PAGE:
Designing for letterpress
How to get the best results with your letterpress design
When you want the deepest impression, it is a good idea to go a little bigger and bolder with your type design. Every typeface is different, but a great rule of thumb is to make sure there are no lines that are thinner than .25 points thick. It's a good idea to add a light stroke to punctuation and fine lines to make them a bit heavier on the plate. Consider that your design will be pressed with up to 40 tons of pressure. We will be glad to review your artwork for print friendliness.
Letterpress designs need to account for the limitations of the process. The name itself is a guide - it is designed for pressing letters. In that sense, it works best with typography and line-art with a lot of white space. It is really not ideal for larger areas of ink. Letterpress was once the only type of printing, and there's a good reason it is now a niche process. But when a design is created to work within the strengths of the letterpress process, it is truly a thing of beauty.
In printing lingo, a Reverse is an image that is created by printing the paper around the artwork, displaying the artwork as the paper color. An example of this would be a business card design that relies on printing the entire face of the card in a color, with a white logo in the center.
You should avoid this for two reasons:
1. On uncoated paper, a large area of ink coverage is subject to abraisve transfer. For example, if you enclose your business card with a letter in the mail, you may find that the ink has transferred onto the letter. This is true of any prints on uncoated paper, by the way! We have seen this from modern digital printing as well.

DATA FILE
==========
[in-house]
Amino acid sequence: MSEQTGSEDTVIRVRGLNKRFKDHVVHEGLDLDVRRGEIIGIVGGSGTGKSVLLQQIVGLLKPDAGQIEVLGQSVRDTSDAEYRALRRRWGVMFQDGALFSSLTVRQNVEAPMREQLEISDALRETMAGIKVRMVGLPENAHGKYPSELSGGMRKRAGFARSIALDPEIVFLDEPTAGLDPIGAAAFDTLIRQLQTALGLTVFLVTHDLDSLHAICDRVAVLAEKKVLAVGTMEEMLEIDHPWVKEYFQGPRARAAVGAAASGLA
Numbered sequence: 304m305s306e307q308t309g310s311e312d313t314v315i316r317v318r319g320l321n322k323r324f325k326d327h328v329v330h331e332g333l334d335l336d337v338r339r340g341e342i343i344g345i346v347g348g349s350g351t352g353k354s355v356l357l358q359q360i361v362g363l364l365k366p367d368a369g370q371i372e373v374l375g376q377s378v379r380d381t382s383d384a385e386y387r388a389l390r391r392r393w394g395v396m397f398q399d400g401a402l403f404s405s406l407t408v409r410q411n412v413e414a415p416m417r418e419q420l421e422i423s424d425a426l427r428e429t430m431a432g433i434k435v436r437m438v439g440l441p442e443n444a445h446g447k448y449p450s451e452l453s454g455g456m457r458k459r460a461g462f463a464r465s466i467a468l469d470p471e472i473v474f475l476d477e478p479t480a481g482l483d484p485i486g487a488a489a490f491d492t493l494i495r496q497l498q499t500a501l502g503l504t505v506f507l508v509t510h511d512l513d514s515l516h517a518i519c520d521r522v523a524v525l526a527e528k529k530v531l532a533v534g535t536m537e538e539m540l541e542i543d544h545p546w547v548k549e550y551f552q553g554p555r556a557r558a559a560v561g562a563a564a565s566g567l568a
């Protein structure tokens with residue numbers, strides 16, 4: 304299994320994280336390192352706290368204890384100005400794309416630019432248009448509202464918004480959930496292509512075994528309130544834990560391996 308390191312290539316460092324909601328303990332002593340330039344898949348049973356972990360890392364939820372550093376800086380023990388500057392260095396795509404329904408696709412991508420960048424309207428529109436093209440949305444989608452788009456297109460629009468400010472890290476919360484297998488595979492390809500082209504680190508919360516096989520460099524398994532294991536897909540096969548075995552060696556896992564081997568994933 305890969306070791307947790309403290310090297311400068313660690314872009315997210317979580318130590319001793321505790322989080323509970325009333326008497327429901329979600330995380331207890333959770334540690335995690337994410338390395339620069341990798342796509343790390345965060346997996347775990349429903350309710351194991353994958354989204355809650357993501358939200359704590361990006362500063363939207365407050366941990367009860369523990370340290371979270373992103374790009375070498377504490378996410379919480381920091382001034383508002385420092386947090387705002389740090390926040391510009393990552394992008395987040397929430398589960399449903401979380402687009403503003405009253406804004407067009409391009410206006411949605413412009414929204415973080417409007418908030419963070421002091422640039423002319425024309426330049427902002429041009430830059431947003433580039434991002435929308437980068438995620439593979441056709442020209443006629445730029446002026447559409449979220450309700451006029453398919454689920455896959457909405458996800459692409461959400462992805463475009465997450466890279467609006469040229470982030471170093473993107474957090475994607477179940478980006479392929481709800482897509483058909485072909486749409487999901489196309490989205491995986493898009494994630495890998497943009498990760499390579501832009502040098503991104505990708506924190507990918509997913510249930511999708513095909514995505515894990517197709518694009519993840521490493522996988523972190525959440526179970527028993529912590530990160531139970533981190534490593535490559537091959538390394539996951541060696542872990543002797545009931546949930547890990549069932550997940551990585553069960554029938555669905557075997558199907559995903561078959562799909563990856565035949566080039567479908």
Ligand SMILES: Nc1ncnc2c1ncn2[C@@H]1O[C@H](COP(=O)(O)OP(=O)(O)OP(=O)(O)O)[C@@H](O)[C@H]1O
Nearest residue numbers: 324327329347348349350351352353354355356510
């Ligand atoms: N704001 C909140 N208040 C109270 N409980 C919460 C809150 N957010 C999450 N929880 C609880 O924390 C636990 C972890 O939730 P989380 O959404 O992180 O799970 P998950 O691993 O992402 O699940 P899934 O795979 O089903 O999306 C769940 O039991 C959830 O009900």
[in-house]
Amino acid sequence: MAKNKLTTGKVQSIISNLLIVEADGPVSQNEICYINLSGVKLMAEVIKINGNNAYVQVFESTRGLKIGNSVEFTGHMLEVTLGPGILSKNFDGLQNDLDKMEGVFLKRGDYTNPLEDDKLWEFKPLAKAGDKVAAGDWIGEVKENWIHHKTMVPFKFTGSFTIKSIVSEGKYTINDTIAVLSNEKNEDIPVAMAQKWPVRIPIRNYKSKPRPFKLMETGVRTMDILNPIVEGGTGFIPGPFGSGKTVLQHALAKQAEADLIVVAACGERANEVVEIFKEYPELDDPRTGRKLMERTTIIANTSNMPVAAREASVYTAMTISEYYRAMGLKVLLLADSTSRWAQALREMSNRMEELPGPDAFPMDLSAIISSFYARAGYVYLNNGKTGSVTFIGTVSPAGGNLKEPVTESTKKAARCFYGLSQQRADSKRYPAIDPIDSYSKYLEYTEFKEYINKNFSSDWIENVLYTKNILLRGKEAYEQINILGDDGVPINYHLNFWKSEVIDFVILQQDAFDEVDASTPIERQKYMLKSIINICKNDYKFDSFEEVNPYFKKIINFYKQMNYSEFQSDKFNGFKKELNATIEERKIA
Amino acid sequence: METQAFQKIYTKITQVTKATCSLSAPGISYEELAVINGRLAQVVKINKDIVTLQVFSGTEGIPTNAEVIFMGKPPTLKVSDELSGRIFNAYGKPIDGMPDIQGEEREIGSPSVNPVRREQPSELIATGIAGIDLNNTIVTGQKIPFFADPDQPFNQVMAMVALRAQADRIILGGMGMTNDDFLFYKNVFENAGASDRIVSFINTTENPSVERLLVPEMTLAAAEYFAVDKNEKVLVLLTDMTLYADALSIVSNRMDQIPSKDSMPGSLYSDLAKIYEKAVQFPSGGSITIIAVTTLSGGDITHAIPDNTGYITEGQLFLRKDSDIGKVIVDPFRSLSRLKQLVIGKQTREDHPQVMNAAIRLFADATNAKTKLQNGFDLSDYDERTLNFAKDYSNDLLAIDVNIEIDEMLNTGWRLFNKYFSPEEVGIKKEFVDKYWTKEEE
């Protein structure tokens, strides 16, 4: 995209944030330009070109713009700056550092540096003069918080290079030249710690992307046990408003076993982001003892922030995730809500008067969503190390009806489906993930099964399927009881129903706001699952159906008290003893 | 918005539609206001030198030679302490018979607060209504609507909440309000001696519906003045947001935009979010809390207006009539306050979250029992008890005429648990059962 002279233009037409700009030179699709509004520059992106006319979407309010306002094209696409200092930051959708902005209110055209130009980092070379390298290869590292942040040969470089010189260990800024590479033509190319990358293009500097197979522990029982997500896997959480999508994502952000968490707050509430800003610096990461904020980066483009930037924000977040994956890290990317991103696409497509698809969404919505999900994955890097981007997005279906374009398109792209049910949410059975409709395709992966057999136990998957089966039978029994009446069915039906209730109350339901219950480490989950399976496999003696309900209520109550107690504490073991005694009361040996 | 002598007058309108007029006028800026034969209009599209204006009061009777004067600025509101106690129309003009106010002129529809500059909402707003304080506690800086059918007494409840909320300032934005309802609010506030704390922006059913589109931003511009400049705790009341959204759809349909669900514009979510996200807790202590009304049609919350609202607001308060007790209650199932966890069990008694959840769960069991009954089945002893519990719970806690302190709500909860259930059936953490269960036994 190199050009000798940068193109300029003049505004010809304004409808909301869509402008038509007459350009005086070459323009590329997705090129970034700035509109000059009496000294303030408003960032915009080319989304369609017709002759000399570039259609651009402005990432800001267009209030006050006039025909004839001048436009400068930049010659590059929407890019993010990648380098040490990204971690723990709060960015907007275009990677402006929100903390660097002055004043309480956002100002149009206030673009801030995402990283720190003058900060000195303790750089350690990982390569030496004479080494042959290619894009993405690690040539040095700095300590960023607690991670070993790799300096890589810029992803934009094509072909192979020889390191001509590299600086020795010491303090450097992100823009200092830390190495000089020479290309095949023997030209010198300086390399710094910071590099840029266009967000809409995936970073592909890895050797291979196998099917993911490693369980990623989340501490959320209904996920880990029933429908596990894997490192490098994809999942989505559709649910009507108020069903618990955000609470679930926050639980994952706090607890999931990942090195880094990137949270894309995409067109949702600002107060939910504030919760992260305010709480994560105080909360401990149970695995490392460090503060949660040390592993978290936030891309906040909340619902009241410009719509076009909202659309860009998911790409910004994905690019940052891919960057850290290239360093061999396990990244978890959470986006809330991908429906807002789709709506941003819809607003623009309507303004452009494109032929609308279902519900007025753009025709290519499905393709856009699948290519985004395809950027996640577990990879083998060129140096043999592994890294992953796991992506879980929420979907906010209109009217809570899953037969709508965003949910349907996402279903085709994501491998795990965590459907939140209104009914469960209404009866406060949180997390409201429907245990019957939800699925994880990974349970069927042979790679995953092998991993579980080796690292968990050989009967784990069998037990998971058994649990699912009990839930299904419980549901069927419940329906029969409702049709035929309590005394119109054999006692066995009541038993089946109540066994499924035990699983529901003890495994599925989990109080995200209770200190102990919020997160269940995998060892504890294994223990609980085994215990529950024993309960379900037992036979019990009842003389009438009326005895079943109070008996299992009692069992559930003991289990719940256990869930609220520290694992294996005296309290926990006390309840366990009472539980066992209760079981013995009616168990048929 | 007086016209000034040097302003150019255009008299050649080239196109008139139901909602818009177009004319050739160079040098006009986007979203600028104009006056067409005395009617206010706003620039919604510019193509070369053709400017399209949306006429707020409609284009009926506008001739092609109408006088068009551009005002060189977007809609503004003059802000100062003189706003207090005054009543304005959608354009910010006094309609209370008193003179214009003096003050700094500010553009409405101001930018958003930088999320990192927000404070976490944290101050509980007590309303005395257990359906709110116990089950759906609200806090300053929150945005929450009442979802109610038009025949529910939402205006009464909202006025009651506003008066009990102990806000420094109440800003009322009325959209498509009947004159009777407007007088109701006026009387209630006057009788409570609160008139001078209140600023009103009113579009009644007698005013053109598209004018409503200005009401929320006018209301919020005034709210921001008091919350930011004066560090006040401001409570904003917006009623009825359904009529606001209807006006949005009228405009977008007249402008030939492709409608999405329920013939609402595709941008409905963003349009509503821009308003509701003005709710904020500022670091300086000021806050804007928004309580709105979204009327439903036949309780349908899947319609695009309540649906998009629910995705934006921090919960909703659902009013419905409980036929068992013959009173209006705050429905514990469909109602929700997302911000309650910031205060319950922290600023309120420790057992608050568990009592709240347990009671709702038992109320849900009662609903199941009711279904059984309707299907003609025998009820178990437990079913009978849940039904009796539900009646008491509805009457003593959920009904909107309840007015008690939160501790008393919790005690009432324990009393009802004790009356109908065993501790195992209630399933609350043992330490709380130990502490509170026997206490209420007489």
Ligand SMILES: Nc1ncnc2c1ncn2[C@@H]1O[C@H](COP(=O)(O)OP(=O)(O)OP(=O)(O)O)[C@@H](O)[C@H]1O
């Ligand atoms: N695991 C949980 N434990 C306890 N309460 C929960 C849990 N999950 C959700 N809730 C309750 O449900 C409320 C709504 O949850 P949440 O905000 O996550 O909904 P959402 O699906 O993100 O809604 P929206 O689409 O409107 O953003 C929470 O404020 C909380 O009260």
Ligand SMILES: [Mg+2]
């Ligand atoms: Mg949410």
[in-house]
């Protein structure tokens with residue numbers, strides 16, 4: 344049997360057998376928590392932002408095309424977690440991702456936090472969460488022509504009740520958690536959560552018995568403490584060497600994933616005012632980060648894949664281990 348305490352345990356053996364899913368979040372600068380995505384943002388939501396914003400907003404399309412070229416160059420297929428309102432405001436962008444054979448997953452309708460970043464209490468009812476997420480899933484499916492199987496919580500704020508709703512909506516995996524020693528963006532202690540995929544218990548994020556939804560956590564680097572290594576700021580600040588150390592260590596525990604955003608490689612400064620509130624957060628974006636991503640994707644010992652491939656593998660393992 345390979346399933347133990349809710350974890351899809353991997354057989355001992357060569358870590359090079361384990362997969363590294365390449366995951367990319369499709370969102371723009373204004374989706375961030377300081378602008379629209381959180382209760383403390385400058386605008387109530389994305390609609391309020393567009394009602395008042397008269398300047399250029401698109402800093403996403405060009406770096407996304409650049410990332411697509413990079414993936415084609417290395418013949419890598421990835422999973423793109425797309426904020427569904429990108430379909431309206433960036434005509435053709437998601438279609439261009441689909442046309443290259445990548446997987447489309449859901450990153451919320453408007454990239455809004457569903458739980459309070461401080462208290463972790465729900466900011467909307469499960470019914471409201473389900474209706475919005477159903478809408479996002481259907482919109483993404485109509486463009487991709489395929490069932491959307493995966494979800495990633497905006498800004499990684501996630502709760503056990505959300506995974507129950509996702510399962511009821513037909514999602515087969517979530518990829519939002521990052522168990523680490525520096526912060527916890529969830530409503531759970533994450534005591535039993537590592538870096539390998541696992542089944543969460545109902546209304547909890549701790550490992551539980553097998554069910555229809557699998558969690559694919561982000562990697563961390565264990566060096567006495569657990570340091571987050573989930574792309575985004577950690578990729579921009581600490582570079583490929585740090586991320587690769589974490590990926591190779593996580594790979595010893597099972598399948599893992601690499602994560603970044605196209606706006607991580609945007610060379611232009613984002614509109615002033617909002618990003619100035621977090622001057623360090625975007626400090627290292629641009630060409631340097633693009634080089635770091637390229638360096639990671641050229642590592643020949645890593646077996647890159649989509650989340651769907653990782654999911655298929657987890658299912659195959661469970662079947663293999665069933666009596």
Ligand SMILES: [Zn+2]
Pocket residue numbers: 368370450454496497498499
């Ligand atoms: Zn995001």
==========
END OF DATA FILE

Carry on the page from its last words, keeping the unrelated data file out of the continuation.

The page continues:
2. The inking systems of letterpress machines were not designed to print this level of coverage. The inking will be prone to graininess and ghosting, where a shadow of the image is visible in the shadow due to the rolling motion of the press rollers.
However, there are exceptions to every rule! We can absolutely push the process for smaller orders. It becomes trickier trying to get consistency for larger runs, like for business cards for a bigger company.
Colored paper is the best choice for a background colors, instead of printing that color with ink. Letterpress is not ideal for printing big solid areas of color in a clean consistent way.
Our advice is to consider the paper as part of the design process, because the color and texture can form a major component of the look of your prints. See our Paper Selection Guide for a few options.
While there are many beautiful paper colors on the market, the available colors are more limited than the Pantone system. So it is a good idea to specify a paper stock and color when creating your design's color palette. This way, there are no compromises that must be made when going to print.
If your design calls for a color on the front and white on the back, that works, too! We can mount papers together to create a custom two-tone card.
All letterpress inks are transparent.
It's best to create your design as vector art from a design program such as Adobe Illustrator or Indesign. Vector art scales infinitely to any resolution, so it's easy for us to generate letterpress plates at the highest resolution possible with our equipment, which is 3000 pixels per inch. This lets us create super crisp plates that print beautifully.
It is technically possible to print a design created in Photoshop with letterpress, but you have to consider the requirements of the process. The rule of thumb of 300ppi is not enough resolution when it comes to letterpress typography or line-art. The minimum resolution should be 1200ppi in bitmap color mode. This is great for hand-drawn illustrations or lettering. But for typographical layout using fonts, we would encourage you to use a different application.